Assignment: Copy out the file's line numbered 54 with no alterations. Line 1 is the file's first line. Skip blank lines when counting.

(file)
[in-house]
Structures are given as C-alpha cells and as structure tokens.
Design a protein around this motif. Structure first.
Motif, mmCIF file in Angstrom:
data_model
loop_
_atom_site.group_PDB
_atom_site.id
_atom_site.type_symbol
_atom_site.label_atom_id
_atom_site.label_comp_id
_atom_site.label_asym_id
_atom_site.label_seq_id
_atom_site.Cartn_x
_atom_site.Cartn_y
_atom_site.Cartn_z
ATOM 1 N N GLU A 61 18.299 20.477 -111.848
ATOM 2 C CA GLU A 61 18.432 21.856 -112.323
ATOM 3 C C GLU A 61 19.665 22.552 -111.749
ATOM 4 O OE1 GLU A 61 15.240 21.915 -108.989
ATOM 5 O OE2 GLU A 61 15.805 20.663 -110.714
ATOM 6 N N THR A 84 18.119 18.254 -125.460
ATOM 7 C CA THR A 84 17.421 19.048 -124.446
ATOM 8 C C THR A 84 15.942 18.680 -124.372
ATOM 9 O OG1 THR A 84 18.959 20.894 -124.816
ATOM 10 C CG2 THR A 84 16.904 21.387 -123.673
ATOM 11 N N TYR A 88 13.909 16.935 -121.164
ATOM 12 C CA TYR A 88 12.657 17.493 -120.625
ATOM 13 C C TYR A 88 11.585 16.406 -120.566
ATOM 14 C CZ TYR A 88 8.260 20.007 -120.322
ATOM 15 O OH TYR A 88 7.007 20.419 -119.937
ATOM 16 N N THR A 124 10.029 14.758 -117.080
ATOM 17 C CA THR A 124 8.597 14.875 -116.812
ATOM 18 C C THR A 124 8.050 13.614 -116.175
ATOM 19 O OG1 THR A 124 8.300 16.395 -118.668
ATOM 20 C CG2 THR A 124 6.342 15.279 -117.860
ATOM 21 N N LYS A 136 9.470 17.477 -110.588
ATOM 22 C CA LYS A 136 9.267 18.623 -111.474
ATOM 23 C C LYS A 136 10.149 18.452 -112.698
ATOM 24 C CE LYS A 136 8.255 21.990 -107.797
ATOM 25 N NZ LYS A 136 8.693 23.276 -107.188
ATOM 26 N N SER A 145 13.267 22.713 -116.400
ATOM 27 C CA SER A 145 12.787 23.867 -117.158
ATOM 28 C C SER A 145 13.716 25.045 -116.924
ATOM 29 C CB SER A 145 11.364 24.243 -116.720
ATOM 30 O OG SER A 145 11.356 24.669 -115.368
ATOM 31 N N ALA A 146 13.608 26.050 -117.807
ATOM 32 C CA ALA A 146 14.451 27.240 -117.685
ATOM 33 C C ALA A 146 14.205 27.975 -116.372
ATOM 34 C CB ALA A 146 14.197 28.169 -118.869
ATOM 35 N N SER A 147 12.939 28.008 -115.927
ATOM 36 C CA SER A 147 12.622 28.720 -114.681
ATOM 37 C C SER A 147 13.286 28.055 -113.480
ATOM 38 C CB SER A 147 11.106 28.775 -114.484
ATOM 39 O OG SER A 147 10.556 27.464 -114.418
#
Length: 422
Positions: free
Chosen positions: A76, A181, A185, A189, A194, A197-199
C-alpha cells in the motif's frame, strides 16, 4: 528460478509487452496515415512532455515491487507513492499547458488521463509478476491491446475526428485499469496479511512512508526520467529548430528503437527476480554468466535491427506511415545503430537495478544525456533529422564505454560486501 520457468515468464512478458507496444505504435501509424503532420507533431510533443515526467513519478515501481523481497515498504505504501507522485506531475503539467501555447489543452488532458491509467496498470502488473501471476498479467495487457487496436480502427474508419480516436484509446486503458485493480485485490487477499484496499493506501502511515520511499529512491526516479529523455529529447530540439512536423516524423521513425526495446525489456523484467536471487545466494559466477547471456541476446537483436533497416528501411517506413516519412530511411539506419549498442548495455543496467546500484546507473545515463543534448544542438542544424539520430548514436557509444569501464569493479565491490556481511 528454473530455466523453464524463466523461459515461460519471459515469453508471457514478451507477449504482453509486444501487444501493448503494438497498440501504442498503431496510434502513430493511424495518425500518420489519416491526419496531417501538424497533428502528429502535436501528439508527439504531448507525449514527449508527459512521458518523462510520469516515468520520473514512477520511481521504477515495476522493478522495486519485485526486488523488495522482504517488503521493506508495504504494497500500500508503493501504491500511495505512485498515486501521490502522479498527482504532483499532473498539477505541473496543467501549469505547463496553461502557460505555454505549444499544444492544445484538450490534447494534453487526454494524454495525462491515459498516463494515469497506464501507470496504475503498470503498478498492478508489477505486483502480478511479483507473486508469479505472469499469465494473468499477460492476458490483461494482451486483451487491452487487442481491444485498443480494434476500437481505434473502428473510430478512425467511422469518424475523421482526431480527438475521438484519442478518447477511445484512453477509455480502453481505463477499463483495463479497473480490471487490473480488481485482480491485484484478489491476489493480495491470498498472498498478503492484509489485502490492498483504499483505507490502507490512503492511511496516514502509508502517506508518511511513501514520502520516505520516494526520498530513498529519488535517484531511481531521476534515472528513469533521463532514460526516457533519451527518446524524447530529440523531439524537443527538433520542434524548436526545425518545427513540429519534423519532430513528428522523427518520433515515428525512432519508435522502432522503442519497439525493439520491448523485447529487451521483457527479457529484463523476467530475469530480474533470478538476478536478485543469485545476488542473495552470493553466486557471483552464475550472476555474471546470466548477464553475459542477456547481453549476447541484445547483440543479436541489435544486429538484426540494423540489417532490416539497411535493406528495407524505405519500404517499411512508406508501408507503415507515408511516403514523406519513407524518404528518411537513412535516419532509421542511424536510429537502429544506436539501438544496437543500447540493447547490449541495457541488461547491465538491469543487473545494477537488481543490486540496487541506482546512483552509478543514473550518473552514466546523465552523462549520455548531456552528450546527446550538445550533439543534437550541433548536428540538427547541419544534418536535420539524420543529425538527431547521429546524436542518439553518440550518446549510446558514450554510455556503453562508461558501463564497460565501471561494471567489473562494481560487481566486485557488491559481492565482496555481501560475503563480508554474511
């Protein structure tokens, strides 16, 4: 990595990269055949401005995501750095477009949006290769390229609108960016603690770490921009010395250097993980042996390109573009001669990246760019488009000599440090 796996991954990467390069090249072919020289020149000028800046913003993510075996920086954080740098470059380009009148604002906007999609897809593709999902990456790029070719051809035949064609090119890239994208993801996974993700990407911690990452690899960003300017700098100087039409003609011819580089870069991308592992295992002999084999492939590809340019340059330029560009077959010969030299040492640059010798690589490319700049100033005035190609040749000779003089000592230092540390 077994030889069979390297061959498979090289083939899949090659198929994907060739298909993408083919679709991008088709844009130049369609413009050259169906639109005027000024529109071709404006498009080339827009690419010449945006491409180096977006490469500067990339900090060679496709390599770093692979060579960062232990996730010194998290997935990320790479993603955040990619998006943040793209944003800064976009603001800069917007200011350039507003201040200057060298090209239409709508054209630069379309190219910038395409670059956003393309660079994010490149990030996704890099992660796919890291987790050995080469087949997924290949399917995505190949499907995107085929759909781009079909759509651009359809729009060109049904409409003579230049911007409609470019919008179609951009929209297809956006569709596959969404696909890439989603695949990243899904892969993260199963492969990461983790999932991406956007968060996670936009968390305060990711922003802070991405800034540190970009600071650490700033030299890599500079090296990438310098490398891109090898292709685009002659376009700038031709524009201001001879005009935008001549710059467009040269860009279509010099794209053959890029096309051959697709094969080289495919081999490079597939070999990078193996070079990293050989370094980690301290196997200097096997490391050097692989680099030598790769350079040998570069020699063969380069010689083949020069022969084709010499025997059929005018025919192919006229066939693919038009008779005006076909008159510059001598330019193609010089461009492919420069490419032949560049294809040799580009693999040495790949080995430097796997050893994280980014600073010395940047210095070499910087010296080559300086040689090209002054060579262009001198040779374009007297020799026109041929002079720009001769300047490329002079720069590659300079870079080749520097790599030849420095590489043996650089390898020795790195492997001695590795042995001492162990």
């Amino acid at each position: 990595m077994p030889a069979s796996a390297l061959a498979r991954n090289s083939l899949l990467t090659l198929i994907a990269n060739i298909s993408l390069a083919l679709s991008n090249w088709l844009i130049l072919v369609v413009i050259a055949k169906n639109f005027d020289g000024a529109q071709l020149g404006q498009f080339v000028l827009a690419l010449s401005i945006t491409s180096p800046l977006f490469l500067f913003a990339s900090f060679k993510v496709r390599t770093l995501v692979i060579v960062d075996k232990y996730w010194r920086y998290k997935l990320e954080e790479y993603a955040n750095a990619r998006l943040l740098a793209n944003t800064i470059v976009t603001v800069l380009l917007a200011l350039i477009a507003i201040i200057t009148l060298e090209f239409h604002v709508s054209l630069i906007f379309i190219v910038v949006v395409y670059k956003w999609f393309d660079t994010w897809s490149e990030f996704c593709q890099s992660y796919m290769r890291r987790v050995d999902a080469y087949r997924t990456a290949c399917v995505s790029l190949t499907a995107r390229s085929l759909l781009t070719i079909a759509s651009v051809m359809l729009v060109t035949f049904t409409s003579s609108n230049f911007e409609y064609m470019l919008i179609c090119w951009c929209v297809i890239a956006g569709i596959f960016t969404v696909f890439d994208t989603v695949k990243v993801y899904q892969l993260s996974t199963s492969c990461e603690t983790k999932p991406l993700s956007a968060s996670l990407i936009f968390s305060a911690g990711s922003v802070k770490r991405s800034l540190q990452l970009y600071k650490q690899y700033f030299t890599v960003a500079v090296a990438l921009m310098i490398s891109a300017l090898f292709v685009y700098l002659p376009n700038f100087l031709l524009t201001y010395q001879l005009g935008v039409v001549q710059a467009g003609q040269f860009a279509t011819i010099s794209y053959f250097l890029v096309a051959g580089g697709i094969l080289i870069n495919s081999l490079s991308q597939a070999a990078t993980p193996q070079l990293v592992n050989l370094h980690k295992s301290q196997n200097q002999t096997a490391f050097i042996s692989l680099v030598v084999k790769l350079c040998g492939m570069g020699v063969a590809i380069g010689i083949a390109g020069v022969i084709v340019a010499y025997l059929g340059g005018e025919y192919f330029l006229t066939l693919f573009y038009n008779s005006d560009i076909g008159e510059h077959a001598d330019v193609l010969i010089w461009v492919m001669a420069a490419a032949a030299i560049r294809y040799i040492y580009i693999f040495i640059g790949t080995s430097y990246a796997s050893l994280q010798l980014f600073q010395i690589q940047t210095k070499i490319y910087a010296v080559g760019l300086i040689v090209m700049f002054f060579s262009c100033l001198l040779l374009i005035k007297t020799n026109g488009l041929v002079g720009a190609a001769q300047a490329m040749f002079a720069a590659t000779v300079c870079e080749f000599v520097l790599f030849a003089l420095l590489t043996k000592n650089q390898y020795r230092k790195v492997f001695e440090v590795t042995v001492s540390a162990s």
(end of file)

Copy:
ATOM 38 C CB SER A 147 11.106 28.775 -114.484